Vulture is a reverse-proxy. It should be placed between users and the web-application you want to protect:


Vulture has a built-in firewall, based on OpenBSD pf. You do not need to protect Vulture with an additional firewall.


Vulture accepts incoming traffic on defined IP addresses and ports. IP addresses on which Vulture is listening are called listeners.
You can add / remove listeners and configure as many IP addresses as you need on any network device available on the system.

In cluster configuration, Vulture uses CARP and allows multiple hosts to share the same IP address and Virtual Host ID (VHID) in order to provide high availability. This means that one or more hosts can fail, and the other hosts will transparently take over so that users do not see a service failure.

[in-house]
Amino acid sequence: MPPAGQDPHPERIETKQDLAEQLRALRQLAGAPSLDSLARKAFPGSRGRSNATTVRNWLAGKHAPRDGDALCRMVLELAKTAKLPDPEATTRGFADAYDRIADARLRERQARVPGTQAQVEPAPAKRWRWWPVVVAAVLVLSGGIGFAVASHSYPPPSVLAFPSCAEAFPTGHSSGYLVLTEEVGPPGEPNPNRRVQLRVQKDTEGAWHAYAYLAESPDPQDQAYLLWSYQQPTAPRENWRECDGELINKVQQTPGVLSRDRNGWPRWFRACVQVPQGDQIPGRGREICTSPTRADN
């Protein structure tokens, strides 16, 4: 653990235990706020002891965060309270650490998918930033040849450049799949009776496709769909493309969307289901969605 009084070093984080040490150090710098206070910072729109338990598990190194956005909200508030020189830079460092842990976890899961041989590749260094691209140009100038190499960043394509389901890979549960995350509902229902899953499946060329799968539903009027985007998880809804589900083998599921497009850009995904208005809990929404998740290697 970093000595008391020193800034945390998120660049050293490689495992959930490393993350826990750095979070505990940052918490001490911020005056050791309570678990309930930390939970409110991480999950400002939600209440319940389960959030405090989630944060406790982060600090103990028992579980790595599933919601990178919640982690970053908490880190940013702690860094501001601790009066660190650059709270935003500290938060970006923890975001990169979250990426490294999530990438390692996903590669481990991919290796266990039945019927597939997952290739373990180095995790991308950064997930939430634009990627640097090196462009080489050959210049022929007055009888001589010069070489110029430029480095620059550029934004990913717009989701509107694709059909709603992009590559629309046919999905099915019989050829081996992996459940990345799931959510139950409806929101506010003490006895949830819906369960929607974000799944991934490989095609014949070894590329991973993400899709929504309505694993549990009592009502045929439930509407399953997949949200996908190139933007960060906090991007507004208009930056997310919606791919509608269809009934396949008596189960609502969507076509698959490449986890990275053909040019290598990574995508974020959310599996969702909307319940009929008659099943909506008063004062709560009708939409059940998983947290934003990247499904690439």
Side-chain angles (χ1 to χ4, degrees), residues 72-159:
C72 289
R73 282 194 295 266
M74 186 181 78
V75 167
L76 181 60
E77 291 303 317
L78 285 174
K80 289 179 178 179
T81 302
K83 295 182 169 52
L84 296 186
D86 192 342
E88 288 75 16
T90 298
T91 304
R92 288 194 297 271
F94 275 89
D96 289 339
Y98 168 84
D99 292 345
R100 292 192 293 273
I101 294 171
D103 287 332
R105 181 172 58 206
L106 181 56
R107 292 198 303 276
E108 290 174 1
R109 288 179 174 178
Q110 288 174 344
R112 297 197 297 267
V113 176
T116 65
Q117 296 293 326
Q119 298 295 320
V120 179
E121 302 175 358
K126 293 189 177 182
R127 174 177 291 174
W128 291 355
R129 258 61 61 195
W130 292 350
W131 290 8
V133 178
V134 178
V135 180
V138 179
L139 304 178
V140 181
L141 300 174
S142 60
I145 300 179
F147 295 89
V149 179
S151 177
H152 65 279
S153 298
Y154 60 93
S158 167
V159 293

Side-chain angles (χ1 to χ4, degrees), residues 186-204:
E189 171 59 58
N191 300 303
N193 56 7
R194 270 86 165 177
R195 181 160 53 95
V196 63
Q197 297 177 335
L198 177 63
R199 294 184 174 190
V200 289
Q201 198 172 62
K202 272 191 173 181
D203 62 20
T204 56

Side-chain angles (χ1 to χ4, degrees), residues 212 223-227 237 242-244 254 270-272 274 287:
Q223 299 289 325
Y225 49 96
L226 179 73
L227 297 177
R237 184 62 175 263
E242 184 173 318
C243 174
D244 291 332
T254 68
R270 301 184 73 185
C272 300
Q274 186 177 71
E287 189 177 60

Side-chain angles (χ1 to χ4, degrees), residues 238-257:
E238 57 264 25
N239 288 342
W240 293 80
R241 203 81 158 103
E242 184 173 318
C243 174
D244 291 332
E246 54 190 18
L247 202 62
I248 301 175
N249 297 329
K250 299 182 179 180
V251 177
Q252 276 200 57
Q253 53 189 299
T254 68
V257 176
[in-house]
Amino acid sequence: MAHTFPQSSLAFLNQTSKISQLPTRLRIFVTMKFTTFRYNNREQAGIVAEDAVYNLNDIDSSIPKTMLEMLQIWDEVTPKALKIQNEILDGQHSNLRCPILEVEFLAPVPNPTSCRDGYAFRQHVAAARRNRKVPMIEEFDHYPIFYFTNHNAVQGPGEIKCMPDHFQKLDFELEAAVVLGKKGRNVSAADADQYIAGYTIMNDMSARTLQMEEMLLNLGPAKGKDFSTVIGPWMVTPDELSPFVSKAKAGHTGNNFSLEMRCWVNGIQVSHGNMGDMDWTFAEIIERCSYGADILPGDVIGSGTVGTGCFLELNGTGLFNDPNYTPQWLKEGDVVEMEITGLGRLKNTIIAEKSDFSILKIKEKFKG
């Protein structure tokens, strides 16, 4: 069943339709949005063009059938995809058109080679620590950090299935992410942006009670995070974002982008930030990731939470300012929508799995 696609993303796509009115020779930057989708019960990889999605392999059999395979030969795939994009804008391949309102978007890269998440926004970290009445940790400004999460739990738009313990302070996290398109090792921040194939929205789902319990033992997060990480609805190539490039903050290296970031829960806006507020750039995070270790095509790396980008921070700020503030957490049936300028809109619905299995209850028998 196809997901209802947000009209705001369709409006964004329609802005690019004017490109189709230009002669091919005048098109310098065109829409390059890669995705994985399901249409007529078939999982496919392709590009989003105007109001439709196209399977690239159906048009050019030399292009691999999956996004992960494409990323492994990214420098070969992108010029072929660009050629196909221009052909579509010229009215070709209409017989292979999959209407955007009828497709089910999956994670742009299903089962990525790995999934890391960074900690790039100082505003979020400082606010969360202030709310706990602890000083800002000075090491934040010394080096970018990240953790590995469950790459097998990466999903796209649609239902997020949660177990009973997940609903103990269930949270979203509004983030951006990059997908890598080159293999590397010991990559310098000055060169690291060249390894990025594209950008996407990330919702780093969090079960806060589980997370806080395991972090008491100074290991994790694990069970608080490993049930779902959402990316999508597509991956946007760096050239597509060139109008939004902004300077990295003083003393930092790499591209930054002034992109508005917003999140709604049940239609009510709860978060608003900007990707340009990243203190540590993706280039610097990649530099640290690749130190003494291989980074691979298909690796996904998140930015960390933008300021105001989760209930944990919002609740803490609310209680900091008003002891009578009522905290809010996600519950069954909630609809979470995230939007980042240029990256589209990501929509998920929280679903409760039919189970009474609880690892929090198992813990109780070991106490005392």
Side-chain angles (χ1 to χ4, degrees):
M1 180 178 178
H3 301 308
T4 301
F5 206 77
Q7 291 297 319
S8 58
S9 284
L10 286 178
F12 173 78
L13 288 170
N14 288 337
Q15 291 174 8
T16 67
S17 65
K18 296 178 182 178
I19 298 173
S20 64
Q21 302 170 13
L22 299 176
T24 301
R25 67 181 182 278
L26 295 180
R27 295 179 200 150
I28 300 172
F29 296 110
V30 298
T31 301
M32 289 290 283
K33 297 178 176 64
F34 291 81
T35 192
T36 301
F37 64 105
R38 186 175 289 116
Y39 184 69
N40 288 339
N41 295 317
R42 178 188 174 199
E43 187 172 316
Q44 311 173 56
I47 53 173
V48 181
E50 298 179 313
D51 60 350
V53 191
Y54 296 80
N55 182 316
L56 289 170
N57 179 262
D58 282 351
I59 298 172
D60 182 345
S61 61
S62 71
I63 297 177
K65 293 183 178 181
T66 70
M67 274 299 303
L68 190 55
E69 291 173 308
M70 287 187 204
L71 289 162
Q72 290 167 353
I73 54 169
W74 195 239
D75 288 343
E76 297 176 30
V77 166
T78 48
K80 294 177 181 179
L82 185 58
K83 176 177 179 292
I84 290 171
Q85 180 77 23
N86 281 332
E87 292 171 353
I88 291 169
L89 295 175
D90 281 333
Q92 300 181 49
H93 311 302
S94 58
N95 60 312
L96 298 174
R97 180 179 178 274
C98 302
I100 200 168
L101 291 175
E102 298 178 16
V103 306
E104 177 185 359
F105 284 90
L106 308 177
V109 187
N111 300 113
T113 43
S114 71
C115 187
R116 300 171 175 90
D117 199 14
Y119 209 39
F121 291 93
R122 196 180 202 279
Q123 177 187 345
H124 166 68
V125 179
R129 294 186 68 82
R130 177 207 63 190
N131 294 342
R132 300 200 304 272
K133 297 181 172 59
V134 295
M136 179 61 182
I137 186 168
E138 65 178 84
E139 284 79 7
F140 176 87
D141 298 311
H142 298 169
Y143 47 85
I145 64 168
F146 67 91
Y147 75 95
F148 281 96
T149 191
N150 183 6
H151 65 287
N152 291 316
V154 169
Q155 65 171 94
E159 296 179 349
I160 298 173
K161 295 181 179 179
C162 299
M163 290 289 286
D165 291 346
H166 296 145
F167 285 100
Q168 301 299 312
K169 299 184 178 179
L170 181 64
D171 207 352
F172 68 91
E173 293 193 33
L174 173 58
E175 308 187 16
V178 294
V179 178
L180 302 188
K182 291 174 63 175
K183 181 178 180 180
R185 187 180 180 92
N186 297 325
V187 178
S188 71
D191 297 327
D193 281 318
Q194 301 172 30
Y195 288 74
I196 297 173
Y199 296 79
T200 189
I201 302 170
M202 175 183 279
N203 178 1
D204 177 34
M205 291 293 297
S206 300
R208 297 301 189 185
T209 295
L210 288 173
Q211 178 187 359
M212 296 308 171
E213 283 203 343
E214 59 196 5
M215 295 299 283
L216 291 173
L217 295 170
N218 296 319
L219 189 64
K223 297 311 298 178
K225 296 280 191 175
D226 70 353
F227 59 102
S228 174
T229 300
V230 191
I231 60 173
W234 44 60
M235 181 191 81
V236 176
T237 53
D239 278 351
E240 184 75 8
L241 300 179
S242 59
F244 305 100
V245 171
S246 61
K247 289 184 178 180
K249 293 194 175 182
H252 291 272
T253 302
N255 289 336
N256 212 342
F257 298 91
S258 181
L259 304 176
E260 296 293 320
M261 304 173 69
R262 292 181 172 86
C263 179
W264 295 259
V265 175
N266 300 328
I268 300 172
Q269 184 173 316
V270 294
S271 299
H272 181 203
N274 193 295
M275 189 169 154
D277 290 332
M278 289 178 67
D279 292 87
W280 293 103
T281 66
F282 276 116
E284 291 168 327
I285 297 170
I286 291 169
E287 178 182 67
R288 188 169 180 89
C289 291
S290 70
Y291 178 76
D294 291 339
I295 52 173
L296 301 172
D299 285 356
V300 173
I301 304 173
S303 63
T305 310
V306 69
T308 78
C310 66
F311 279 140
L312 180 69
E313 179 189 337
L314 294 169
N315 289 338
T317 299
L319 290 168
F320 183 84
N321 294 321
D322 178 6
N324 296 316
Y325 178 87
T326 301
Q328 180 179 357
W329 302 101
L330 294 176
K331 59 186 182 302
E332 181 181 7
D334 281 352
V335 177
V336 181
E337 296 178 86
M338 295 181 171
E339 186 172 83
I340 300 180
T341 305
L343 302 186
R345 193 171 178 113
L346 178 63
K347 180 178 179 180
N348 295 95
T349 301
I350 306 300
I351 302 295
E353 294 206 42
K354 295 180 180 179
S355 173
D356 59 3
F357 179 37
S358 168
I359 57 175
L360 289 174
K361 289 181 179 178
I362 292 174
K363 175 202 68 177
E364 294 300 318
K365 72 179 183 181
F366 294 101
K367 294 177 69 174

Create a load-balancer (see below) on top of a CARP listener to have a highly available cluster with incoming traffic load balanced among all the Vulture nodes available in your cluster.

See how to configure Listeners here.

Load balancer

Vulture has a built-in layer 4 load-balancer, based on ha-proxy. You do not need to add a load-balancer "before" Vulture.
ha-proxy is configured in tcp mode: Vulture can load-balance any TCP traffic, not only HTTP.

Proxy balancer

Vulture has a built-in layer 7 HTTP Proxy balancer so that it can load-balance trafic to multiple web backends.

Incoming URL rewriting

Incoming HTTP requests can be rewritten by Vulture.
See details here.